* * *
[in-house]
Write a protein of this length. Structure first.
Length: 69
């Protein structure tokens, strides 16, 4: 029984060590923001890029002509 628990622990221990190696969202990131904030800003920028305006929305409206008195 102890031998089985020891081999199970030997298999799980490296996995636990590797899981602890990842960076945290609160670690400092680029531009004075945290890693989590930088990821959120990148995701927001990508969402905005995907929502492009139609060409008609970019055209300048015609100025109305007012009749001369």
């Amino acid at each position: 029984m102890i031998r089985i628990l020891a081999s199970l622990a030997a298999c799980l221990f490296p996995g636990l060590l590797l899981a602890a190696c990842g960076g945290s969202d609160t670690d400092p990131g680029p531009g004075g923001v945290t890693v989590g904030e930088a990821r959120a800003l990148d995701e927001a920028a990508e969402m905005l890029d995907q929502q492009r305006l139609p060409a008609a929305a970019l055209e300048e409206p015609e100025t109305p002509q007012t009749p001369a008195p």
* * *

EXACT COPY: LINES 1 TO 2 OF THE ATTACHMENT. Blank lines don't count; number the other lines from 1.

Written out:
[in-house]
Write a protein of this length. Structure first.